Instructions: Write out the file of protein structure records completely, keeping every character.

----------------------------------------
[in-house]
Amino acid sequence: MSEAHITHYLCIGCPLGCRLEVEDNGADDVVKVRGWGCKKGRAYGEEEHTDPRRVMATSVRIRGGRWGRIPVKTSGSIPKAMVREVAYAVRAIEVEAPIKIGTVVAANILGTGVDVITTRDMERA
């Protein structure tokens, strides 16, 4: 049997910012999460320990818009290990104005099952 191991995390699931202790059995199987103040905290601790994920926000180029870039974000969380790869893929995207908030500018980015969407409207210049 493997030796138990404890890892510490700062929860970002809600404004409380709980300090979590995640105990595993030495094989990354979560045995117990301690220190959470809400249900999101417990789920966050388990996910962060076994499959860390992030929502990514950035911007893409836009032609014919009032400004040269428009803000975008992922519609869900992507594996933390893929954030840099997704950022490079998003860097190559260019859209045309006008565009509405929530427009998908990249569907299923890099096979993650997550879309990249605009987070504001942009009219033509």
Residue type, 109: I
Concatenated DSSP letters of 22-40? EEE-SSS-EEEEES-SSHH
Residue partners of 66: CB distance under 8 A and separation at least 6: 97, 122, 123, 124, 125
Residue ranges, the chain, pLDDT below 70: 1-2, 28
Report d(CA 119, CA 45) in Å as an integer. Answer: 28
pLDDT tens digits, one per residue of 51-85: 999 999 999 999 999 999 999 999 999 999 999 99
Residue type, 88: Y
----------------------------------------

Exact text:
[in-house]
Amino acid sequence: MSEAHITHYLCIGCPLGCRLEVEDNGADDVVKVRGWGCKKGRAYGEEEHTDPRRVMATSVRIRGGRWGRIPVKTSGSIPKAMVREVAYAVRAIEVEAPIKIGTVVAANILGTGVDVITTRDMERA
């Protein structure tokens, strides 16, 4: 049997910012999460320990818009290990104005099952 191991995390699931202790059995199987103040905290601790994920926000180029870039974000969380790869893929995207908030500018980015969407409207210049 493997030796138990404890890892510490700062929860970002809600404004409380709980300090979590995640105990595993030495094989990354979560045995117990301690220190959470809400249900999101417990789920966050388990996910962060076994499959860390992030929502990514950035911007893409836009032609014919009032400004040269428009803000975008992922519609869900992507594996933390893929954030840099997704950022490079998003860097190559260019859209045309006008565009509405929530427009998908990249569907299923890099096979993650997550879309990249605009987070504001942009009219033509």
Residue type, 109: I
Concatenated DSSP letters of 22-40? EEE-SSS-EEEEES-SSHH
Residue partners of 66: CB distance under 8 A and separation at least 6: 97, 122, 123, 124, 125
Residue ranges, the chain, pLDDT below 70: 1-2, 28
Report d(CA 119, CA 45) in Å as an integer. Answer: 28
pLDDT tens digits, one per residue of 51-85: 999 999 999 999 999 999 999 999 999 999 999 99
Residue type, 88: Y